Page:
Yesterday, the Rude Pundit was talking to a millennial dude who will be voting in his first presidential election this year. He sure hates Donald Trump, but he doesn't like Hillary Clinton because "she's so shady." That's one of those things that trigger a gut-level reaction in the Rude Pundit because it's a belief that's based on a heaping mountain of horseshit. So he went off on the millennial.
"No," the Rude Pundit snapped, "that's completely fucking wrong. The only reason you think Clinton is shady is because 25 years of conservative media shoved it down your throat. She's been accused and accused and investigated and investigated and guess what? Not a goddamn thing has ever come of it. It's all shit made up to damage her. If you keep saying over and over that someone did something wrong, did something wrong, did something wrong, but you never prove it, then you're just an asshole."
As Henry Louis Gates more politely put it in the New Yorker, "[F]or all we know, Hillary Clinton may be guilty of everything she’s accused of and more. You might say the point is that we don’t know. And it’s in those dark gaps in our knowledge that the political unconscious makes itself felt: you can’t tell a gun from a cigarette by the smoke alone. Which inference you prefer depends on which story you prefer—assuming you’ve been given one."
By the way, Gates wrote that twenty fucking years ago. The article is titled "Hating Hillary," and it's fascinating to reread it now in the context of an election in the middle of our third decade of thinking that Clinton must be dirty from some scandal and worthy of hate.
And this is not about her donors or her paid speeches or whatever, although the way we think about those things are colored by one of the most successful right-wing smear campaigns ever. No, this is the Hillary Scandal Industrial Complex, the nexus of Filegate-Whitewater-Travelgate-Benghazi-EmailServerGate and more, all fantasies conjured by conservatives in order to punish her for the sin of being a First Lady who tried to get health care reform passed and didn't shut the fuck up and order drapes for the president's bedroom.
You think that's oversimplifying it? Then you didn't fucking live through it in the 1990s. You didn't watch as men in both parties tore themselves to pieces over what they viewed as Clinton's lack of decorum, her failure to merely be an adornment for her husband (see the reaction to Eleanor Roosevelt for this level of intense hatred). The scorn that Michelle Obama gets for just saying that American fat fucks should exercise a little and stop eating piles of shit is horrible, and its racist elements are disgusting, but, to be sure, it doesn't come near the level of Hillary Clinton because no one could write an article titled "Hating Michelle" and have it be about anything more than a bunch of cranky yahoos.
This was universal. "Hillary-hating has become one of those national pastimes which unite the élite and the lumpen. Serious accusations have, of course, been leveled against the President’s wife, but it’s usually what people think of her that determines the credence and the weight they give to the accusations, rather than the reverse," Gates wrote.
Clinton herself in 1996 offered a prescient explanation of the why she was a target for such animosity: "I believe that we’re going through a significant transition—economically, politically, culturally, socially, in gender relations, all kinds of ways—and so someone as visible as I am is going to get a lot of attention. I think if the spotlight were turned on many of my friends in their own private lives somebody could make out of it what they would: ‘My goodness, she didn’t take her husband’s name,’ or ‘She’s the one who travels while her husband stays home and takes care of the children,’ or ‘She has a very traditional role—does that mean that she’s sold out her education?’ There could be questions like that raised about nearly every American woman I know."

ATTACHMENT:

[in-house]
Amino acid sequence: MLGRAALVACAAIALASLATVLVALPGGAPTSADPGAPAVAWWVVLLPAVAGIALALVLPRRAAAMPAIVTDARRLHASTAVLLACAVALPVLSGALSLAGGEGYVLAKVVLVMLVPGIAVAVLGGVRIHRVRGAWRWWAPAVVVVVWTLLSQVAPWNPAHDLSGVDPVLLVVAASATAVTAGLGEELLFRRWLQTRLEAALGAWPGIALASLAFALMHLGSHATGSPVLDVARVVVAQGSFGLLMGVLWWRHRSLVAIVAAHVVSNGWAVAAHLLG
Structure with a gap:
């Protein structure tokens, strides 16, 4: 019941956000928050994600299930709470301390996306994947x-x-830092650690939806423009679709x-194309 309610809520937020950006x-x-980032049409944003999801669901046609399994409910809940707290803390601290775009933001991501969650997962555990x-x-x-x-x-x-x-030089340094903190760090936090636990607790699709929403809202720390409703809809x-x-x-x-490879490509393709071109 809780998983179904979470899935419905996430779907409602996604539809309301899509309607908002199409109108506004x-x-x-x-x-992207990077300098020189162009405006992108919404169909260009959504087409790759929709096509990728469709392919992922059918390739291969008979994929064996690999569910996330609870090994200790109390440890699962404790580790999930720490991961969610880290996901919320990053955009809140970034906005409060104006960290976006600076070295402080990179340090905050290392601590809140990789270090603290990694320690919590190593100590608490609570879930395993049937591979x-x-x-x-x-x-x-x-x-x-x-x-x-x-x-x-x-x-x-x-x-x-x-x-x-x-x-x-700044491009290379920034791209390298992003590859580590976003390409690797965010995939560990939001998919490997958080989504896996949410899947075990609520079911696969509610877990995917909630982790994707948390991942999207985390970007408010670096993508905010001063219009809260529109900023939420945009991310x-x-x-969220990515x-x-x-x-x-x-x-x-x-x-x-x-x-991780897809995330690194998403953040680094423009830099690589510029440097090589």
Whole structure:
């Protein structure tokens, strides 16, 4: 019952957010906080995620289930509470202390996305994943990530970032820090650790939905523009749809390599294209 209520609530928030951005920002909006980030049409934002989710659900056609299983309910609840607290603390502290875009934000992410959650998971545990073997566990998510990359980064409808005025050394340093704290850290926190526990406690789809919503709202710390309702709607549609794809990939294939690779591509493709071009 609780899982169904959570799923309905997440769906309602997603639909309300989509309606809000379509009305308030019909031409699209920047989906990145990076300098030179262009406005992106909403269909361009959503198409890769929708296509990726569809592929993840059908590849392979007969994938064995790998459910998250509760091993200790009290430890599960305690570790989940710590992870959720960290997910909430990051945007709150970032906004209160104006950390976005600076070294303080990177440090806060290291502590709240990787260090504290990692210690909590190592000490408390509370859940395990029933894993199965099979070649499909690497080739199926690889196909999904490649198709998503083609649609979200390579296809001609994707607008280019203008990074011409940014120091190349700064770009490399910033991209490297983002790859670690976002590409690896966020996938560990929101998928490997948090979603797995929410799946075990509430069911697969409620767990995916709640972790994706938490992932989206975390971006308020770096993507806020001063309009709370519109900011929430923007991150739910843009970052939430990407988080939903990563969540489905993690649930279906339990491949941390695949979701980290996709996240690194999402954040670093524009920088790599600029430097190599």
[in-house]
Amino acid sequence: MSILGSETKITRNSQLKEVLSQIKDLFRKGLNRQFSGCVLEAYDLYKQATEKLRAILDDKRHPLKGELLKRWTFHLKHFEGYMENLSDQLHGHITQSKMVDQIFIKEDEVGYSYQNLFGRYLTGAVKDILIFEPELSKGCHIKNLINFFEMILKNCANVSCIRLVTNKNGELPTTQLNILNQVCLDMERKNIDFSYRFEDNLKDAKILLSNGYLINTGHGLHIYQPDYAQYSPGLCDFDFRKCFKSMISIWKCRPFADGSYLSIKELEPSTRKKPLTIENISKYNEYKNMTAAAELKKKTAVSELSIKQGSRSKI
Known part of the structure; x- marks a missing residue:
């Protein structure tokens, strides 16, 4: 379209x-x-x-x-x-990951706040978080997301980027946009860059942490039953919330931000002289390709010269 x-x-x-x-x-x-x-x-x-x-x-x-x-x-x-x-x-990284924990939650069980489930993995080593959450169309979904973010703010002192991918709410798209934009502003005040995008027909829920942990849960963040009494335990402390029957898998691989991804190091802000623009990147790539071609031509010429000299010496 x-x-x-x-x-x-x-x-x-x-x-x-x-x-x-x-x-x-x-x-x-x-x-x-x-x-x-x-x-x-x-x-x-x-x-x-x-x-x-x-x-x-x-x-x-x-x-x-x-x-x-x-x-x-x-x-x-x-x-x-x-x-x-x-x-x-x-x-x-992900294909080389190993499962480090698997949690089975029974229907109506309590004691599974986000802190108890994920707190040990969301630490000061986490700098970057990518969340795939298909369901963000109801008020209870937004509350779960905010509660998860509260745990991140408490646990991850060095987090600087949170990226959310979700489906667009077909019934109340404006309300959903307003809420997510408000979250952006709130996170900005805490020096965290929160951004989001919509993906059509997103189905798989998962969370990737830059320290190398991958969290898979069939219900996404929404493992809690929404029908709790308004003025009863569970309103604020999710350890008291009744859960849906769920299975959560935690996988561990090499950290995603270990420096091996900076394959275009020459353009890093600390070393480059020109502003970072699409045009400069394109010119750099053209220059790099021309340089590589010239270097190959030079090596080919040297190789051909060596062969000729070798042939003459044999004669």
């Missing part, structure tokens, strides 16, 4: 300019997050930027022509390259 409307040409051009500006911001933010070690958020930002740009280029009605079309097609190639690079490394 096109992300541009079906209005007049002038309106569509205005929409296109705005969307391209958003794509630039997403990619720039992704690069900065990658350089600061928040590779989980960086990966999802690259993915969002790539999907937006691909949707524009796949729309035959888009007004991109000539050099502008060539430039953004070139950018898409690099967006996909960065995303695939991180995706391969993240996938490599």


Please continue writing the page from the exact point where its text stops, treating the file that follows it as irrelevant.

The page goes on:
What pissed people off about Clinton is something that still pisses them off. Sometimes, she just sickens of all the bullshit and she lets you know. In the early 1990s, when it was still unusual to see a male candidate's wife as anything other than supportive arm candy, Clinton wasn't afraid to step in it, like with her famous remark about working instead of staying home and baking chocolate chip cookies (which led to the degrading act of publishing her cookie recipe to show sexist traditionalists that they needn't be scared of the big, bad lawyer lady).
The Rude Pundit has one other theory for why conservatives have kept up their hatred of Clinton. See, when Bill's affairs started to be known beyond Arkansas, during the 1992 campaign, she famously stuck by him. That enraged the right because they hoped the feminist governor's wife would dump him and do in Clinton's pursuit of the White House. The fact that she never threw Bill under the bus when, really, who could have blamed her, undid damage to Bill every time a new sex scandal erupted. So it exacerbated their hatred because the right could never bring Hillary Clinton to heel, even when they thought her own beliefs would make her do what they wanted.
You have to understand that history in order to understand Clinton. Read the Gates article. It's all there, twenty years ago: her hatred of the press, the small circle of confidantes, the warmth that people say she has on a personal level, all the accusations of Machiavellian manipulation, and, especially, the so-called scandals that never became scandals.
"So," the Rude Pundit said to the millennial, "it's just being dumb and ill-informed to not vote for Hillary because of fake scandals. However, there are lots of reasons not to vote for her that have nothing to do with that."
And that is where we will pick up in part 2.